Scientific Name(s): Malpighia galbra and other Malpighia species
What: flowers, berries
How: flowers raw or tea; fruit raw, jelly, jam, wine
When: spring, summer, fall, winter
Nutritional Value: vitamin C
Barbados cherry shrub. Under ideal conditions they can get 8' tall and 5' across.
Barbados cherry fruit.
Close-ups of the Barbados cherry flowers.
Barbados cherry leaf.
Texas distribution, attributed to U. S. Department of Agriculture. The marked counties are guidelines only. Plants may appear in other counties, especially if used in landscaping.
North American distribution, attributed to U. S. Department of Agriculture.
Barbados cherries originally come from the Caribbean. When it was discovered a single berry contains the daily recommended dose of vitamin C it was quickly adopted by navies to help against scurvy and so planted in many places. The plant doesn't handle cold well, though it does fine in normal Southern winters if only a few hard frosts occur. They are evergreen, which increases their appeal in landscapes.
The flowers can be eaten raw or used to make tea. However, it is best to leave the flowers alone so as to maximize fruit production.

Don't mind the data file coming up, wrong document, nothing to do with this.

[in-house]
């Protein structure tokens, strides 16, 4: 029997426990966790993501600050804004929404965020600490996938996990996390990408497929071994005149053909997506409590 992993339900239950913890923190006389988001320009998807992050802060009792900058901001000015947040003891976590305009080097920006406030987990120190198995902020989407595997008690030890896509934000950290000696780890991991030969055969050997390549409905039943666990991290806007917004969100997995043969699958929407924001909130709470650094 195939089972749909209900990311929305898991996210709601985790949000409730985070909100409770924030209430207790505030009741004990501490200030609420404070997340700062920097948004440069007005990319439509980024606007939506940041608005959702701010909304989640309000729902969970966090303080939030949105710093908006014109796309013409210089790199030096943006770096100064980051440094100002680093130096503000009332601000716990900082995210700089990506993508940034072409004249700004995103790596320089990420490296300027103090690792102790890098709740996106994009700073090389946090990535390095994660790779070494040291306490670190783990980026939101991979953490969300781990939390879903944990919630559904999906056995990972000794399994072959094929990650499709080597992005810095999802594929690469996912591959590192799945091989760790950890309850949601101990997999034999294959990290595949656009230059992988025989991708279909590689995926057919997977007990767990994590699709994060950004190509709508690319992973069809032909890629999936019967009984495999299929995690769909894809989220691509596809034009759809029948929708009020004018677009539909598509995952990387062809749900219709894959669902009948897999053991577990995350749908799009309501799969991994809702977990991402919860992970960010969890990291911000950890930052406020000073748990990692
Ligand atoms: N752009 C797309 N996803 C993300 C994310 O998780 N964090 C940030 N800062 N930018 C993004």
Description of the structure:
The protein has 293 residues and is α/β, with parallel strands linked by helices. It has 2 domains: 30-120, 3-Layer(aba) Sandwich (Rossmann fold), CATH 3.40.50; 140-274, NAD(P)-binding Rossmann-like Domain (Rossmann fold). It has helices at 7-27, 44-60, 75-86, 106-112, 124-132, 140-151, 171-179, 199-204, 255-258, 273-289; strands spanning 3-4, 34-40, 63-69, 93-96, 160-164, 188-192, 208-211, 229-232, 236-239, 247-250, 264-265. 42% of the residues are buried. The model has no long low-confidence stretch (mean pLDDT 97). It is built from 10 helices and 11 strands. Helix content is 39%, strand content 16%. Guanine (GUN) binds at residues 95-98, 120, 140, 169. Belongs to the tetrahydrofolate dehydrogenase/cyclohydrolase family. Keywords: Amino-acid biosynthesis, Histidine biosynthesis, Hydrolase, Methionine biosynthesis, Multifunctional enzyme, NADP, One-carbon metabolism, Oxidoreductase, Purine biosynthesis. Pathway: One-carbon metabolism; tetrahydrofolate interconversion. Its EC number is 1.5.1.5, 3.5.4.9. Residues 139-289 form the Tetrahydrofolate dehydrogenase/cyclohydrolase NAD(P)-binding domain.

The fruit starts appearing in May and will continue to appear waves through the winter if the weather is mild. These berries range in flavor from somewhat sweet to very acidic, with the higher acid content also having the higher vitamin C. Eat the berries raw if they aren't too sour/acidic, otherwise use them in jelly, jam, juice or wine.
Many plant nurseries have Barbados cherries for sale. Plant in sunny, well-drained soil but do keep them watered. A layer of mulch will help prevent the roots from drying out. Single plants will produce berries but the fruit production will be much higher if two or more Barbados cherries of different varieties are planted within 4-16 feet of each other for cross-pollination.
Next plant: Basswood